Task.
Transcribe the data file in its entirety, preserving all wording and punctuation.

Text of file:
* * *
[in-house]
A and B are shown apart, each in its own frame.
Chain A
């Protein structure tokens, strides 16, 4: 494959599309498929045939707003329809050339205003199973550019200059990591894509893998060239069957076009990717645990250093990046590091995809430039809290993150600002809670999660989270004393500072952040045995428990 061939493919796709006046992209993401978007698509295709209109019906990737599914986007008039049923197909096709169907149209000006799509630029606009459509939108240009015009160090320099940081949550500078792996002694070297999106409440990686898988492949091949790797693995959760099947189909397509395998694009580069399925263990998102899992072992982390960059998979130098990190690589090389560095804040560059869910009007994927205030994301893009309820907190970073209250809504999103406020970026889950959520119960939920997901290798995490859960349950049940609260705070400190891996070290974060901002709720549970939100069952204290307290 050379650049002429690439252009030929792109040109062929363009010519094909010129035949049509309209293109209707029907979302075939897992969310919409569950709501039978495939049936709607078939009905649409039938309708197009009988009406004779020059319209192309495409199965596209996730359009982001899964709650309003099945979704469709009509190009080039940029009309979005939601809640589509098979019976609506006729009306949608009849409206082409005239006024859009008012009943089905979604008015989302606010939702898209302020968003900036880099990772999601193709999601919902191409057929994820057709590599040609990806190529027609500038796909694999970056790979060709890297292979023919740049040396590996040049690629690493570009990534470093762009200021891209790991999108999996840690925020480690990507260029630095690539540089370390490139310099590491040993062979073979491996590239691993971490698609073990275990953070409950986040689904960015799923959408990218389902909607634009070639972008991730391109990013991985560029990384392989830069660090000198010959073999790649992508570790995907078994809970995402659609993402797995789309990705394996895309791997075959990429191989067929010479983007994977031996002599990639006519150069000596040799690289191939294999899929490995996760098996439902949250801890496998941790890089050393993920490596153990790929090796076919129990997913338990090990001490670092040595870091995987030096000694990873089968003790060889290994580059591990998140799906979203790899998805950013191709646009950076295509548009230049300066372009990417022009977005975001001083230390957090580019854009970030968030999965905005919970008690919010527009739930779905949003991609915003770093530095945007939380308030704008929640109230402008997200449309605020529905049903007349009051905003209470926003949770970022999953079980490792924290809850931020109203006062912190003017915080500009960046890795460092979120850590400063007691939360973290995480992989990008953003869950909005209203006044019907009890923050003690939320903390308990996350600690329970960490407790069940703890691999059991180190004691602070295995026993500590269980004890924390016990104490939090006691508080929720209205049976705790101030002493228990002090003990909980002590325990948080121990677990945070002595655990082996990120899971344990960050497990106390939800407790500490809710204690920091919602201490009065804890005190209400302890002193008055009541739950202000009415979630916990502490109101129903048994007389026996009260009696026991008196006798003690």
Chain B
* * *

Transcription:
[in-house]
A and B are shown apart, each in its own frame.
Chain A
């Protein structure tokens, strides 16, 4: 494959599309498929045939707003329809050339205003199973550019200059990591894509893998060239069957076009990717645990250093990046590091995809430039809290993150600002809670999660989270004393500072952040045995428990 061939493919796709006046992209993401978007698509295709209109019906990737599914986007008039049923197909096709169907149209000006799509630029606009459509939108240009015009160090320099940081949550500078792996002694070297999106409440990686898988492949091949790797693995959760099947189909397509395998694009580069399925263990998102899992072992982390960059998979130098990190690589090389560095804040560059869910009007994927205030994301893009309820907190970073209250809504999103406020970026889950959520119960939920997901290798995490859960349950049940609260705070400190891996070290974060901002709720549970939100069952204290307290 050379650049002429690439252009030929792109040109062929363009010519094909010129035949049509309209293109209707029907979302075939897992969310919409569950709501039978495939049936709607078939009905649409039938309708197009009988009406004779020059319209192309495409199965596209996730359009982001899964709650309003099945979704469709009509190009080039940029009309979005939601809640589509098979019976609506006729009306949608009849409206082409005239006024859009008012009943089905979604008015989302606010939702898209302020968003900036880099990772999601193709999601919902191409057929994820057709590599040609990806190529027609500038796909694999970056790979060709890297292979023919740049040396590996040049690629690493570009990534470093762009200021891209790991999108999996840690925020480690990507260029630095690539540089370390490139310099590491040993062979073979491996590239691993971490698609073990275990953070409950986040689904960015799923959408990218389902909607634009070639972008991730391109990013991985560029990384392989830069660090000198010959073999790649992508570790995907078994809970995402659609993402797995789309990705394996895309791997075959990429191989067929010479983007994977031996002599990639006519150069000596040799690289191939294999899929490995996760098996439902949250801890496998941790890089050393993920490596153990790929090796076919129990997913338990090990001490670092040595870091995987030096000694990873089968003790060889290994580059591990998140799906979203790899998805950013191709646009950076295509548009230049300066372009990417022009977005975001001083230390957090580019854009970030968030999965905005919970008690919010527009739930779905949003991609915003770093530095945007939380308030704008929640109230402008997200449309605020529905049903007349009051905003209470926003949770970022999953079980490792924290809850931020109203006062912190003017915080500009960046890795460092979120850590400063007691939360973290995480992989990008953003869950909005209203006044019907009890923050003690939320903390308990996350600690329970960490407790069940703890691999059991180190004691602070295995026993500590269980004890924390016990104490939090006691508080929720209205049976705790101030002493228990002090003990909980002590325990948080121990677990945070002595655990082996990120899971344990960050497990106390939800407790500490809710204690920091919602201490009065804890005190209400302890002193008055009541739950202000009415979630916990502490109101129903048994007389026996009260009696026991008196006798003690």
Chain B